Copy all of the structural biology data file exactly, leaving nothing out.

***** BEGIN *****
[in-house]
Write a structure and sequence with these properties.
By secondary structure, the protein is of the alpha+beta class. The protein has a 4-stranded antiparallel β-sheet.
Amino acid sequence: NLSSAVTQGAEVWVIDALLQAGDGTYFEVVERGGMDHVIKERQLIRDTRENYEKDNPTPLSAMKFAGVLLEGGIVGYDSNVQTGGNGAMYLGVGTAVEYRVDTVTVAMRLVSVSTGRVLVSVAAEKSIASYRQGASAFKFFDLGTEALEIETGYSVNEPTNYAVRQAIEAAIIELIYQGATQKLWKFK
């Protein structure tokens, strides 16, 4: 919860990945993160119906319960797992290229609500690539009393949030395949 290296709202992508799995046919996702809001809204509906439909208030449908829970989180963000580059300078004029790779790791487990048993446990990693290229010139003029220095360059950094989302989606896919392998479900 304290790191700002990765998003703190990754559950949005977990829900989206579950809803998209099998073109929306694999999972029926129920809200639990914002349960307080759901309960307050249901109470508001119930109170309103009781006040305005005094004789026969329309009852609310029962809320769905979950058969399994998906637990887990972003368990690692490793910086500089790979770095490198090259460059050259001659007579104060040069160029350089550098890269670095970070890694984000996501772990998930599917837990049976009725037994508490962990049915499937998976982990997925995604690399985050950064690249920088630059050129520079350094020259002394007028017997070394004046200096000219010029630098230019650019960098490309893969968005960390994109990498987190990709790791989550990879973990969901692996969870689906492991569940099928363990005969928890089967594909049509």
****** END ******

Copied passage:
[in-house]
Write a structure and sequence with these properties.
By secondary structure, the protein is of the alpha+beta class. The protein has a 4-stranded antiparallel β-sheet.
Amino acid sequence: NLSSAVTQGAEVWVIDALLQAGDGTYFEVVERGGMDHVIKERQLIRDTRENYEKDNPTPLSAMKFAGVLLEGGIVGYDSNVQTGGNGAMYLGVGTAVEYRVDTVTVAMRLVSVSTGRVLVSVAAEKSIASYRQGASAFKFFDLGTEALEIETGYSVNEPTNYAVRQAIEAAIIELIYQGATQKLWKFK
């Protein structure tokens, strides 16, 4: 919860990945993160119906319960797992290229609500690539009393949030395949 290296709202992508799995046919996702809001809204509906439909208030449908829970989180963000580059300078004029790779790791487990048993446990990693290229010139003029220095360059950094989302989606896919392998479900 304290790191700002990765998003703190990754559950949005977990829900989206579950809803998209099998073109929306694999999972029926129920809200639990914002349960307080759901309960307050249901109470508001119930109170309103009781006040305005005094004789026969329309009852609310029962809320769905979950058969399994998906637990887990972003368990690692490793910086500089790979770095490198090259460059050259001659007579104060040069160029350089550098890269670095970070890694984000996501772990998930599917837990049976009725037994508490962990049915499937998976982990997925995604690399985050950064690249920088630059050129520079350094020259002394007028017997070394004046200096000219010029630098230019650019960098490309893969968005960390994109990498987190990709790791989550990879973990969901692996969870689906492991569940099928363990005969928890089967594909049509």